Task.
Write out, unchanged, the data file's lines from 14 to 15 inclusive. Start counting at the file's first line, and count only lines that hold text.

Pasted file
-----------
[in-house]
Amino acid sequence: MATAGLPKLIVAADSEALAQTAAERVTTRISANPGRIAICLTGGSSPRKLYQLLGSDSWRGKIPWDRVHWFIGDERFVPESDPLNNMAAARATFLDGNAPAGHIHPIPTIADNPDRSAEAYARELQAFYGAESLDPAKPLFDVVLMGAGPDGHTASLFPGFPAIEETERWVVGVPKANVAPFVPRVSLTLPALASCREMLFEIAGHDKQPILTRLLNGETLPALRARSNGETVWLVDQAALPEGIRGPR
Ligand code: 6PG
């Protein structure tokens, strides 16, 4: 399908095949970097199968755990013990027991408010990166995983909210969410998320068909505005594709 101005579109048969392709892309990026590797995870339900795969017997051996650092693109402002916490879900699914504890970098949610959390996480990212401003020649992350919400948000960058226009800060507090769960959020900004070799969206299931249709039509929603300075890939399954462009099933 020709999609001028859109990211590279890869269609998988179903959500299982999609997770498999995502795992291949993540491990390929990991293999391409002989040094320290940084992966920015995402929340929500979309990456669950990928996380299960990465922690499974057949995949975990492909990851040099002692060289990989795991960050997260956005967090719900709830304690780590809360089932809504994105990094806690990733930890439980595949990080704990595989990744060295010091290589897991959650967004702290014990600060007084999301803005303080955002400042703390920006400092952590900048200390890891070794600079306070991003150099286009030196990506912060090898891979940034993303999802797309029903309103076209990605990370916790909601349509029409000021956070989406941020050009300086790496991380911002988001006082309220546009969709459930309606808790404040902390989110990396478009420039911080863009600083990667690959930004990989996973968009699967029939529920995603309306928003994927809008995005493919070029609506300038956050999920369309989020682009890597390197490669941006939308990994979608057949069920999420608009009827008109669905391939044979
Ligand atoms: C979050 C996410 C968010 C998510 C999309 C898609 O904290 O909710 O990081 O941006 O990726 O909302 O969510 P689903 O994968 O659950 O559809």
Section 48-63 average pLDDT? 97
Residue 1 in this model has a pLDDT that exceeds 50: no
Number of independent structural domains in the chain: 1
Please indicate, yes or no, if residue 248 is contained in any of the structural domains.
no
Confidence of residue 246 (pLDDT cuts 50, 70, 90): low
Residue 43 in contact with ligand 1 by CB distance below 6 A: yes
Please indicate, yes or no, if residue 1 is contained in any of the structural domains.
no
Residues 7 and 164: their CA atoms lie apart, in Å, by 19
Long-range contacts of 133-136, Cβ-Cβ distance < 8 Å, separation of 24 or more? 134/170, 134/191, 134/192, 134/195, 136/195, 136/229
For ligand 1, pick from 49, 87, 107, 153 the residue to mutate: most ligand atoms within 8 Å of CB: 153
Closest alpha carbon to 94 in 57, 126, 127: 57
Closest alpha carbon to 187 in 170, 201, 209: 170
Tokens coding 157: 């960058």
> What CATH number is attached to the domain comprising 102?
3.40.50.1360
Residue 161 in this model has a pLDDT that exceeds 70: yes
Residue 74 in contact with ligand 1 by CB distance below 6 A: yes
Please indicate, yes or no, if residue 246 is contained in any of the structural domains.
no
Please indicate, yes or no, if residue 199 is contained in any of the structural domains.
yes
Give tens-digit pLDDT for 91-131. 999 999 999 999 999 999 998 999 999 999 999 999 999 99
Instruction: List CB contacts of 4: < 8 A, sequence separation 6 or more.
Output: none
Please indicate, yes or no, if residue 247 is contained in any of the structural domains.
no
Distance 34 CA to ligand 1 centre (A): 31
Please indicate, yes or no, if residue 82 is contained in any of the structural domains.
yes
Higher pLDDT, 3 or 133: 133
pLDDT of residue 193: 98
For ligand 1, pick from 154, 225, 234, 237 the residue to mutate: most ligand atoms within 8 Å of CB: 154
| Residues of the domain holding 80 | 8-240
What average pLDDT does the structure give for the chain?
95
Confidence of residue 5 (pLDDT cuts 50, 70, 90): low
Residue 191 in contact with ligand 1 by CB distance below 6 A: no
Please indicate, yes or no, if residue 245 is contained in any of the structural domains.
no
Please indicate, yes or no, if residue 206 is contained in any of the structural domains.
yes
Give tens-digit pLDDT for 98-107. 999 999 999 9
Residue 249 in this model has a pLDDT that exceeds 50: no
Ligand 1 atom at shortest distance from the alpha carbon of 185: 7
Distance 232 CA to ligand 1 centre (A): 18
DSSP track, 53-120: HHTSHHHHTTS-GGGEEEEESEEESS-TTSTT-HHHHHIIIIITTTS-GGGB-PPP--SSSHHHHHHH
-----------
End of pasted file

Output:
no
Residues 7 and 164: their CA atoms lie apart, in Å, by 19